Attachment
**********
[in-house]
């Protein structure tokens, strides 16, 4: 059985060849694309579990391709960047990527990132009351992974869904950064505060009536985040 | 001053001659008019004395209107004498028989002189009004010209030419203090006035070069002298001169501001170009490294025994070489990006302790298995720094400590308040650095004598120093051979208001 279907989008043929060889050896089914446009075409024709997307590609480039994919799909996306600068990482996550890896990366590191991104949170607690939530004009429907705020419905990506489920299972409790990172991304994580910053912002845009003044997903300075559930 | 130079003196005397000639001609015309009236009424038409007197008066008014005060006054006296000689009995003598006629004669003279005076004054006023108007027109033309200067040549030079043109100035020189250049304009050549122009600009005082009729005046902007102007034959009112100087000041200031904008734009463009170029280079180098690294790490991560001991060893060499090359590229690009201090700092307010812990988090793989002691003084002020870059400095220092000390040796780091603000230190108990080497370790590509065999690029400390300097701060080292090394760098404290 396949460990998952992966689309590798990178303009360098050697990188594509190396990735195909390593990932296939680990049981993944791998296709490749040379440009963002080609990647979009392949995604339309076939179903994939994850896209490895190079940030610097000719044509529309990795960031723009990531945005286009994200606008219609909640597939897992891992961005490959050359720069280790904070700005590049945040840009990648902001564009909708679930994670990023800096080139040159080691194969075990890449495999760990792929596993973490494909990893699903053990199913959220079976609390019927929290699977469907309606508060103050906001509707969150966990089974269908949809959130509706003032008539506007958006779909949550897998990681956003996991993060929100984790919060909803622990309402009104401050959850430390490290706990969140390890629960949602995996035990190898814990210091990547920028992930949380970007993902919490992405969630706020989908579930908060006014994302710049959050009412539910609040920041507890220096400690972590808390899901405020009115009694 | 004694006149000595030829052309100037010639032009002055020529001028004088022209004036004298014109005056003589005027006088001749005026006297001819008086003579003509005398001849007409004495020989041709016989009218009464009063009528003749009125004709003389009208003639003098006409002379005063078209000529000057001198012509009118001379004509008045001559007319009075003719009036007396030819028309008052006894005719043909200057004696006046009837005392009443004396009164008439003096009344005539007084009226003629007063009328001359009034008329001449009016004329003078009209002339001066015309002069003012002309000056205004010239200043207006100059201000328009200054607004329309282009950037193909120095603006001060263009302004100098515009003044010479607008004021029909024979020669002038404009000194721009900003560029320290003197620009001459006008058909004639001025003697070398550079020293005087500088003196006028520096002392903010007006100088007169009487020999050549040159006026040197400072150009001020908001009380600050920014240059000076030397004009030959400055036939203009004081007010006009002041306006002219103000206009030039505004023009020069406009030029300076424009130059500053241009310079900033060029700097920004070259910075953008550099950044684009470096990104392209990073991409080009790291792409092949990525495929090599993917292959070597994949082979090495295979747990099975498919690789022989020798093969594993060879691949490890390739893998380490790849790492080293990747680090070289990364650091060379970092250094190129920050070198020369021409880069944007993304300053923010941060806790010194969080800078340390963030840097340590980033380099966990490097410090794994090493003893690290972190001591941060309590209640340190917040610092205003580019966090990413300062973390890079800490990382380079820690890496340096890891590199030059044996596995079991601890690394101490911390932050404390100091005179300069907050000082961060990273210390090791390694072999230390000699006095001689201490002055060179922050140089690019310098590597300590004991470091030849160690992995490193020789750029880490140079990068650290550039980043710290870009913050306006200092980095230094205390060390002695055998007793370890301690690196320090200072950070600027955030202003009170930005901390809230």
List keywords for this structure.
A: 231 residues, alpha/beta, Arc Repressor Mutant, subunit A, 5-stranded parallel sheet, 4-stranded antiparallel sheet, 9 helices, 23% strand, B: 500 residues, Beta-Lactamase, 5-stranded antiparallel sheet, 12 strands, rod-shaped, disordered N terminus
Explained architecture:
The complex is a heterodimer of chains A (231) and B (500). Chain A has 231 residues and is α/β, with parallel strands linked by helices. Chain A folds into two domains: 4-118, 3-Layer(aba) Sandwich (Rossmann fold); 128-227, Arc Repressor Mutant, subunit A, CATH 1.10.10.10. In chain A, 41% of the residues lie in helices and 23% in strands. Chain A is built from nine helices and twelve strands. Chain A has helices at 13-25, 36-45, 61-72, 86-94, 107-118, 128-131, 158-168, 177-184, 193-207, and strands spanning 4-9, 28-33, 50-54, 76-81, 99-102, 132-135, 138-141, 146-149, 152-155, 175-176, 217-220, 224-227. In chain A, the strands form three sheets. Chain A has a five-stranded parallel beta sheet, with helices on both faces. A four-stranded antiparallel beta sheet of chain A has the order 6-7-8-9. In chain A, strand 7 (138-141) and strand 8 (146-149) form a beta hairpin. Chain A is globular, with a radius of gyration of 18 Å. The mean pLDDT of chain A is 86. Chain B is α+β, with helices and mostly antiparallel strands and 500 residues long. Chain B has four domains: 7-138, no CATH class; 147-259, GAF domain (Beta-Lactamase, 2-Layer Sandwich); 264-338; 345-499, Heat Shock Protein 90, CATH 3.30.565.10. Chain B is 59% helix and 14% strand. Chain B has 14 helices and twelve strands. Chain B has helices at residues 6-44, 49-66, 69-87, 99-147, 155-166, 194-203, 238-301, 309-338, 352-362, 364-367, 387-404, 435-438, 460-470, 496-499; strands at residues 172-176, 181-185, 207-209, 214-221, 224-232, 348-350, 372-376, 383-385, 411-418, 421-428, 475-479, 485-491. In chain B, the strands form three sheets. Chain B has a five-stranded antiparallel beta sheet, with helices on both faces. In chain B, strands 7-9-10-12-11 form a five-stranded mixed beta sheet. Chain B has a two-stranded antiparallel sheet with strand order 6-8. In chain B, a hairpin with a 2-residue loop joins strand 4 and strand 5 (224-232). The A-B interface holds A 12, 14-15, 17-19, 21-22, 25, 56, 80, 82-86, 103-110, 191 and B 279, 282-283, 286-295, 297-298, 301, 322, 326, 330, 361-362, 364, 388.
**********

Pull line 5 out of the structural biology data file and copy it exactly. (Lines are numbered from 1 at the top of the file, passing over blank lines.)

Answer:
Explained architecture: